• Former Tesco exec acknowledges industry disappointment on business rates but claims changes are important
  • Neville-Rolfe admits that Sunday trading shake-up plans are dead
  • Minister says she does not underestimate challenge of the Living Wage to sector

Government minister Lucy Neville-Rolfe has argued the move on business rates is an “important change” but acknowledged industry disappointment.

In yesterday’s Budget George Osborne announced that the annual increase on rates will be based on the consumer price index, instead of the higher retail price index.

Baroness Neville-Rolfe on business rates

However, the change will not come until 2020. 

Speaking at Retail Week Live today, Rolfe, a former Tesco executive, acknowledged the delay. “I know it’s 2020, but dates do arrive and I think it’s an important change,” she said. 

Rolfe, a minister at the Department for Business, Innovation and Skills, later admitted: “I know you’re not entirely happy with it, but small steps lead to great change.”

On plans to increase the frequency of revaluations to three years, Rolfe said: “I hope it will help.”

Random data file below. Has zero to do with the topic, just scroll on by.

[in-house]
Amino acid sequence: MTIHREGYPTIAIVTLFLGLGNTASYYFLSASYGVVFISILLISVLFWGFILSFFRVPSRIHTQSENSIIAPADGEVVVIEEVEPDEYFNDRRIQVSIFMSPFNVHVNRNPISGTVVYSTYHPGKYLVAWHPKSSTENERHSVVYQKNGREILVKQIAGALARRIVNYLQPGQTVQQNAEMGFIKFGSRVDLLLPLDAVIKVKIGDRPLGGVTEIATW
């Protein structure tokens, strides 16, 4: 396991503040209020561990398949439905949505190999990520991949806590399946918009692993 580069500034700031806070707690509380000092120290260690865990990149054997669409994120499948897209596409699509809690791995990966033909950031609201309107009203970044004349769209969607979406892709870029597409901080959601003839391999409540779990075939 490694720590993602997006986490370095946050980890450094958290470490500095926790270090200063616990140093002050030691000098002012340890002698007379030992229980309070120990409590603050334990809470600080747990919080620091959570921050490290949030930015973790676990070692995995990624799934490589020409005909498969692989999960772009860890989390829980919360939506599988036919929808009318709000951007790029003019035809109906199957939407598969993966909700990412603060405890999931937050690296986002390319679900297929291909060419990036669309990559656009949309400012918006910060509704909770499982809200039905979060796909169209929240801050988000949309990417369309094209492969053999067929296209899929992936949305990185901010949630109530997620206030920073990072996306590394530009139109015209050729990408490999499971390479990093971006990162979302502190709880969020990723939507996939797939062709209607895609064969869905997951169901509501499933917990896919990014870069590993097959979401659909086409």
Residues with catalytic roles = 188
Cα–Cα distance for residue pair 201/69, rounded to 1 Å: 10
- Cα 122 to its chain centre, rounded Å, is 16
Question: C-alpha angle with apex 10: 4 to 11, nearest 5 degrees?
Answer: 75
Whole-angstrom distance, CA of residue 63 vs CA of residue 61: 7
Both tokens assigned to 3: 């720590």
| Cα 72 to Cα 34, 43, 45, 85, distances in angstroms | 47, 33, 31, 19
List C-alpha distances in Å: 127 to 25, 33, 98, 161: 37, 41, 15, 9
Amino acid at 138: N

She added: “We are listening, but there’s only so much money to go around.”

Rolfe was grilled on stage at Retail Week Live on an array of burning industry topics by Jacqueline Gold, Ann Summers founder.

On Sunday trading, Rolfe, who spent 15 years at Tesco, suggested the government had given up on its plans. “Parliament has spoken. We think we need to move on and look at other things,” she said. 

But she admitted the rejection of plans to allow large shops to open beyond six hours on a Sunday was “disappointing”. She added: “It was about attracting more people to high streets.”

On the living wage, which takes effect next month, Rolfe admitted that she had “never had so many moans from so many sectors”. She added: “I don’t underestimate the challenge the living wage brings to the sector.”

Baroness NevilleRoth

Baroness Neville Roth

Baroness Neville Roth

Gold also asked whether retail had an image problem, but Rolfe rejected the idea.

“No, I don’t think that’s right. It’s highly competitive which can lead to strains and stresses and disagreements,” Rolfe said.

Rolfe also gave her backing to Retail Week’s Be Inspired campaign to help drive the number of women in senior positions in retail. “I couldn’t be more delighted [about the campaign],” she said.

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